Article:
Hyperoxia occurs when there is an excess supply of O2 available to the tissues and organs. Although normobaric hyperoxia can increase arterial oxygen content, it is also known to cause vasoconstriction, which reduces O2 delivery in various vascular beds including the heart, skeletal muscle, and brain. Oxygen is toxic to the lungs when high FiO2 (>0.60) is administered over extended exposure time. Oxygen exposure after approximately 12 hours leads to lung passageway congestion, pulmonary edema, and atelectasis caused by damage to the linings of the bronchi and alveoli.
Clinicians should titrate O2 therapy to avoid both hypoxemia and hyperoxia. While the harmful effects of tissue hypoxia are clearly understood, over-correction leads to tissue hyperoxia, which may also be hazardous. Hyperoxia injuries cause oxidant stress with pro-inflammatory and cytotoxic effects. It appears prudent to target PaO2 values within an acceptable range, particularly as no clinically useful biomarker of O2 toxicity is available, and data on the effects of hyperoxia on markers of oxidative stress are equivocal.
While “optimal” dosing of oxygen remains unclear, it is known that you can have too much of a good thing. The Oxygen-ICU trial was the first major study to suggest clinically important harm from liberal O2 administration in a general ICU population. This single-center, RCT included 480 patients expected to stay in the ICU for at least 72 hrs. The ICU mortality was 20.2% with conventional and 11.6% with conservative O2 therapy. Conversely, the LUNGSAFE study found no relationship between hyperoxia or excessive oxygen use and patient outcome. These conflicting results show the lack of informational studies on high concentrations of FiO2 use and hyperoxia. While severe degrees of systemic hypoxia associated with harm in other critically ill populations are not possible in ARDS, it is unclear that high concentrations of FiO2 exacerbate the disease process.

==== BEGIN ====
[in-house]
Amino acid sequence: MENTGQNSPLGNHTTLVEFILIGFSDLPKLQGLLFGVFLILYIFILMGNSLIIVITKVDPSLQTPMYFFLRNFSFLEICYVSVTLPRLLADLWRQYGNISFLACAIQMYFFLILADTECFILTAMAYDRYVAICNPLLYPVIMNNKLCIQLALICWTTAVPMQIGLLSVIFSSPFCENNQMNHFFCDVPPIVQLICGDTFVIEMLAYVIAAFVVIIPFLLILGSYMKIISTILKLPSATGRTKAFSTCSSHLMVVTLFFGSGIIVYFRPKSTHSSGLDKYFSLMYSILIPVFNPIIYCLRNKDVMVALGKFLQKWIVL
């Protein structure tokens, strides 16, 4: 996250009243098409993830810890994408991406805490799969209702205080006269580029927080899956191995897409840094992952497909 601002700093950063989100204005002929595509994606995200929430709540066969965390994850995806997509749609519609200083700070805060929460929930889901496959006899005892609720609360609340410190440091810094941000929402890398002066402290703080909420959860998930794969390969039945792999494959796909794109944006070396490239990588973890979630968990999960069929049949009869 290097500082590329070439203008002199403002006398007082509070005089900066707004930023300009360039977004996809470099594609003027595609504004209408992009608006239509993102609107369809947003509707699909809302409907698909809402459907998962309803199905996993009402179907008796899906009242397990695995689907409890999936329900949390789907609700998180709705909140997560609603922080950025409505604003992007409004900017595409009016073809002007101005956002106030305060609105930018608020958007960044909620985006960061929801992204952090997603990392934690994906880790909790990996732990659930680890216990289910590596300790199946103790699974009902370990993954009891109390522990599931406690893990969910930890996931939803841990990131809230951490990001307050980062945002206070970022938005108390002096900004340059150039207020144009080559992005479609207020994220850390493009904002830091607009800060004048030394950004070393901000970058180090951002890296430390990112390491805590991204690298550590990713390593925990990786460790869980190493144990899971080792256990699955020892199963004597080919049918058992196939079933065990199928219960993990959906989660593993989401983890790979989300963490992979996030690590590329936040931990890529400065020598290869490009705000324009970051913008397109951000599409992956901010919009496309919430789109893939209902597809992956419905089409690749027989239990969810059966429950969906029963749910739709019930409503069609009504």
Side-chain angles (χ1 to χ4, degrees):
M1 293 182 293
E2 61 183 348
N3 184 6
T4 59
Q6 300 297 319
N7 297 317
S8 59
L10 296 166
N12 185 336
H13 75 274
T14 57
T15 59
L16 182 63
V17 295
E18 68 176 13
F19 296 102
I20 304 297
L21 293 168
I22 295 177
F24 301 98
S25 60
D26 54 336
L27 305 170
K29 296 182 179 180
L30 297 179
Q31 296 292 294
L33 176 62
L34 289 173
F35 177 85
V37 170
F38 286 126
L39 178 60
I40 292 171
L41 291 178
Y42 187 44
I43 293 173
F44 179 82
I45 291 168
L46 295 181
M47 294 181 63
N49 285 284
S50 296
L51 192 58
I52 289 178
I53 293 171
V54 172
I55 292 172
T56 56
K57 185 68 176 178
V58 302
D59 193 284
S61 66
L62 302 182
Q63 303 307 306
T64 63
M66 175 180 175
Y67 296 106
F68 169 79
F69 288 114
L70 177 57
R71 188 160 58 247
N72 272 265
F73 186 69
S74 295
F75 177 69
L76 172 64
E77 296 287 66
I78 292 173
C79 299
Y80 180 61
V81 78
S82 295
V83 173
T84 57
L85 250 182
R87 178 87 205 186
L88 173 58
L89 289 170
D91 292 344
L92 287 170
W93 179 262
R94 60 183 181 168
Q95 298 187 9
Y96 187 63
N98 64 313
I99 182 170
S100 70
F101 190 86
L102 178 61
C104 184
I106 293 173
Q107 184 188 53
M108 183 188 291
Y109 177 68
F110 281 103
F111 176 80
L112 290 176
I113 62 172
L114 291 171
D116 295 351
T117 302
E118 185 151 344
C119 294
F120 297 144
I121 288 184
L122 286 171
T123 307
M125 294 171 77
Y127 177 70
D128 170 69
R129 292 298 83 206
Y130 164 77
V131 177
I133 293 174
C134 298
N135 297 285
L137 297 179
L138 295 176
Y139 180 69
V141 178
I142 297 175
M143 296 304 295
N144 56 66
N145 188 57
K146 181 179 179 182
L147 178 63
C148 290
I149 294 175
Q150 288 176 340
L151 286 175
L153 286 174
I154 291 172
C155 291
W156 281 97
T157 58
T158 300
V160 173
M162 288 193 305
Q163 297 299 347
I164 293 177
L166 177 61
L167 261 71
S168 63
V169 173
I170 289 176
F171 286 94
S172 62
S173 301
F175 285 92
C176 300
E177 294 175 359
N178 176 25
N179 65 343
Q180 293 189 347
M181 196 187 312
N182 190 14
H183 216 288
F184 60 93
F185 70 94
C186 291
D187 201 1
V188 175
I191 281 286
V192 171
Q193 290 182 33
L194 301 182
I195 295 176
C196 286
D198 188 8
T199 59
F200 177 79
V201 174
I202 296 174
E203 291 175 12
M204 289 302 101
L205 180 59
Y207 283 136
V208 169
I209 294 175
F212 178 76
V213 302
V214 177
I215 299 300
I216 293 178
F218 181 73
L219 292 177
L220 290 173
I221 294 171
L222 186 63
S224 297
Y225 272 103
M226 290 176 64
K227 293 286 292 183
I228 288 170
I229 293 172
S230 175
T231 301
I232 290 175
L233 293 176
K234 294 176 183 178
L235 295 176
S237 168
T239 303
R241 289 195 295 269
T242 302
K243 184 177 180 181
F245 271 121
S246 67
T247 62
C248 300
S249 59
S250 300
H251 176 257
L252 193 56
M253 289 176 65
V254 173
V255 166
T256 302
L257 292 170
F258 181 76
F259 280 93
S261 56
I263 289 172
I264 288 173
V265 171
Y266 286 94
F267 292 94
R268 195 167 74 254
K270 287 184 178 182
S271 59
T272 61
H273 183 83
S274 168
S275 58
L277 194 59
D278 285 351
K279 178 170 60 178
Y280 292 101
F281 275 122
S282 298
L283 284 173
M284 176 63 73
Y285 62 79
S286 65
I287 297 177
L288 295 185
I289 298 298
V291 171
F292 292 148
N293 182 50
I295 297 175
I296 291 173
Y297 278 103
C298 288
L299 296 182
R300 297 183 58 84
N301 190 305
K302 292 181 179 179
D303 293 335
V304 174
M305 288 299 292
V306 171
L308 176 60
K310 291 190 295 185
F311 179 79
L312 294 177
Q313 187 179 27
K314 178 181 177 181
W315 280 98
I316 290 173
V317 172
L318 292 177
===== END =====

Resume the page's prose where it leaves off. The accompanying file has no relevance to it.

Oxygen is not a harmless drug and its use should be treated as though it can have adverse side effects. Conservative oxygenation strategy target SpO2 of 90–92% should be utilized, as it was associated with lower incidence of new organ dysfunction. It seems clear that FiO2 should not be fixed, but rather titrated to achieve PaO2 or SpO2 targets. There is no reason to keep FiO2 high when SpO2 is 100% or at a satisfactory level for the patient. Weaning oxygen should be immediately considered once a reasonable PaO2 level is achieved. Targeted PaO2 by disease process has not been largely studied, but the need is there. Respiratory Therapists should always be aware of the perils of hyperoxia and adjust therapy accordingly.
- Hyperoxia is excess O2 available to tissue and organs
- High FiO2 concentrations should be monitored and weaned to achieve an acceptable PaO2
- Oxygen is a drug that does cause adverse effects
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